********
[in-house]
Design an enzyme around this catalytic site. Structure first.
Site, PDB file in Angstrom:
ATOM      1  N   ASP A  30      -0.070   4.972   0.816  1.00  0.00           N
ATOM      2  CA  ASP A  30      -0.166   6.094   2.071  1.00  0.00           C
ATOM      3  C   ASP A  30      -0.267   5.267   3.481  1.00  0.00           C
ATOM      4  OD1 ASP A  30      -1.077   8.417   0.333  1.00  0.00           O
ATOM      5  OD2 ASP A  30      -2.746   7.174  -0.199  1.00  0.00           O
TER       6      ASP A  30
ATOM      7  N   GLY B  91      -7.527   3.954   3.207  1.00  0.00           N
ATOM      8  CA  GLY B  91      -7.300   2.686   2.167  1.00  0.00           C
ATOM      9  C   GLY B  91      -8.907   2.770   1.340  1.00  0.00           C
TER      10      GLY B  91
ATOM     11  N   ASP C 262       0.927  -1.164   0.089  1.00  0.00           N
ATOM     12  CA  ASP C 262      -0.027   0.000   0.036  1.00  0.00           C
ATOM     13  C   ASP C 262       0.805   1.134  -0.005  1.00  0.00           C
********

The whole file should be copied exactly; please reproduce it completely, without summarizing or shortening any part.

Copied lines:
[in-house]
Design an enzyme around this catalytic site. Structure first.
Site, PDB file in Angstrom:
ATOM      1  N   ASP A  30      -0.070   4.972   0.816  1.00  0.00           N
ATOM      2  CA  ASP A  30      -0.166   6.094   2.071  1.00  0.00           C
ATOM      3  C   ASP A  30      -0.267   5.267   3.481  1.00  0.00           C
ATOM      4  OD1 ASP A  30      -1.077   8.417   0.333  1.00  0.00           O
ATOM      5  OD2 ASP A  30      -2.746   7.174  -0.199  1.00  0.00           O
TER       6      ASP A  30
ATOM      7  N   GLY B  91      -7.527   3.954   3.207  1.00  0.00           N
ATOM      8  CA  GLY B  91      -7.300   2.686   2.167  1.00  0.00           C
ATOM      9  C   GLY B  91      -8.907   2.770   1.340  1.00  0.00           C
TER      10      GLY B  91
ATOM     11  N   ASP C 262       0.927  -1.164   0.089  1.00  0.00           N
ATOM     12  CA  ASP C 262      -0.027   0.000   0.036  1.00  0.00           C
ATOM     13  C   ASP C 262       0.805   1.134  -0.005  1.00  0.00           C